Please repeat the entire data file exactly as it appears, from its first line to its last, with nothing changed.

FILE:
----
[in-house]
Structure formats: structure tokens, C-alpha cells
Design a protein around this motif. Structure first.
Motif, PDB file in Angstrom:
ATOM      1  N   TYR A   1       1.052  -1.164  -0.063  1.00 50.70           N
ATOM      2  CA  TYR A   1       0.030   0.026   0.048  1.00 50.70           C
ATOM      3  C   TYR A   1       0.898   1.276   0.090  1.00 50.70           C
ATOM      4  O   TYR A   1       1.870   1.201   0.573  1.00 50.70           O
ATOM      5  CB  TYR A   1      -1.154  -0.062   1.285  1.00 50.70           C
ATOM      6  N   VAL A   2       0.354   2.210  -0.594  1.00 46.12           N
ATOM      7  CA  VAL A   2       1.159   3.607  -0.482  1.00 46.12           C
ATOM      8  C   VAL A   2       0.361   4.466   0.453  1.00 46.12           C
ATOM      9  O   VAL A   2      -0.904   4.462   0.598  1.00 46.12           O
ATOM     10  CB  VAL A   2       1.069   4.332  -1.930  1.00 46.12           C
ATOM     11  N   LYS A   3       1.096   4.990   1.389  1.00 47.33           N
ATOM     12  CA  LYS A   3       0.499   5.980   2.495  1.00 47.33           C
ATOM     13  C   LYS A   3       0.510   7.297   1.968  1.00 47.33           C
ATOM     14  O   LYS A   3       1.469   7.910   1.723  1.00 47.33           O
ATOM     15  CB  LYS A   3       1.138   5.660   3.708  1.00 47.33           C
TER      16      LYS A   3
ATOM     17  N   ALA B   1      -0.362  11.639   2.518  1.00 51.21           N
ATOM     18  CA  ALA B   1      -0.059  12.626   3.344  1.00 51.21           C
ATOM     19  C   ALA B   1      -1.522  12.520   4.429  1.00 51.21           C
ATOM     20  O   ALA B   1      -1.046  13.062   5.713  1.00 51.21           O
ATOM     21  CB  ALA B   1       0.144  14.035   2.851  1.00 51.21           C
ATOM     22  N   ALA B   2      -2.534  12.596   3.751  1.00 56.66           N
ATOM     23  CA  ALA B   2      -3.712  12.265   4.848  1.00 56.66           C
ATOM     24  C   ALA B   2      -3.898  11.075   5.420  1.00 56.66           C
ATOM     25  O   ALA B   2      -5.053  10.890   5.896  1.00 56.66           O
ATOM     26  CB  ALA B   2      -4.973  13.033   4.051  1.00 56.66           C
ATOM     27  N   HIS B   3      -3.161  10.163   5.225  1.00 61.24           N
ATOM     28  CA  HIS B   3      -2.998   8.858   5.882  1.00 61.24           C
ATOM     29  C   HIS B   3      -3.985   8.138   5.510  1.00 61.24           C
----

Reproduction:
[in-house]
Structure formats: structure tokens, C-alpha cells
Design a protein around this motif. Structure first.
Motif, PDB file in Angstrom:
ATOM      1  N   TYR A   1       1.052  -1.164  -0.063  1.00 50.70           N
ATOM      2  CA  TYR A   1       0.030   0.026   0.048  1.00 50.70           C
ATOM      3  C   TYR A   1       0.898   1.276   0.090  1.00 50.70           C
ATOM      4  O   TYR A   1       1.870   1.201   0.573  1.00 50.70           O
ATOM      5  CB  TYR A   1      -1.154  -0.062   1.285  1.00 50.70           C
ATOM      6  N   VAL A   2       0.354   2.210  -0.594  1.00 46.12           N
ATOM      7  CA  VAL A   2       1.159   3.607  -0.482  1.00 46.12           C
ATOM      8  C   VAL A   2       0.361   4.466   0.453  1.00 46.12           C
ATOM      9  O   VAL A   2      -0.904   4.462   0.598  1.00 46.12           O
ATOM     10  CB  VAL A   2       1.069   4.332  -1.930  1.00 46.12           C
ATOM     11  N   LYS A   3       1.096   4.990   1.389  1.00 47.33           N
ATOM     12  CA  LYS A   3       0.499   5.980   2.495  1.00 47.33           C
ATOM     13  C   LYS A   3       0.510   7.297   1.968  1.00 47.33           C
ATOM     14  O   LYS A   3       1.469   7.910   1.723  1.00 47.33           O
ATOM     15  CB  LYS A   3       1.138   5.660   3.708  1.00 47.33           C
TER      16      LYS A   3
ATOM     17  N   ALA B   1      -0.362  11.639   2.518  1.00 51.21           N
ATOM     18  CA  ALA B   1      -0.059  12.626   3.344  1.00 51.21           C
ATOM     19  C   ALA B   1      -1.522  12.520   4.429  1.00 51.21           C
ATOM     20  O   ALA B   1      -1.046  13.062   5.713  1.00 51.21           O
ATOM     21  CB  ALA B   1       0.144  14.035   2.851  1.00 51.21           C
ATOM     22  N   ALA B   2      -2.534  12.596   3.751  1.00 56.66           N
ATOM     23  CA  ALA B   2      -3.712  12.265   4.848  1.00 56.66           C
ATOM     24  C   ALA B   2      -3.898  11.075   5.420  1.00 56.66           C
ATOM     25  O   ALA B   2      -5.053  10.890   5.896  1.00 56.66           O
ATOM     26  CB  ALA B   2      -4.973  13.033   4.051  1.00 56.66           C
ATOM     27  N   HIS B   3      -3.161  10.163   5.225  1.00 61.24           N
ATOM     28  CA  HIS B   3      -2.998   8.858   5.882  1.00 61.24           C
ATOM     29  C   HIS B   3      -3.985   8.138   5.510  1.00 61.24           C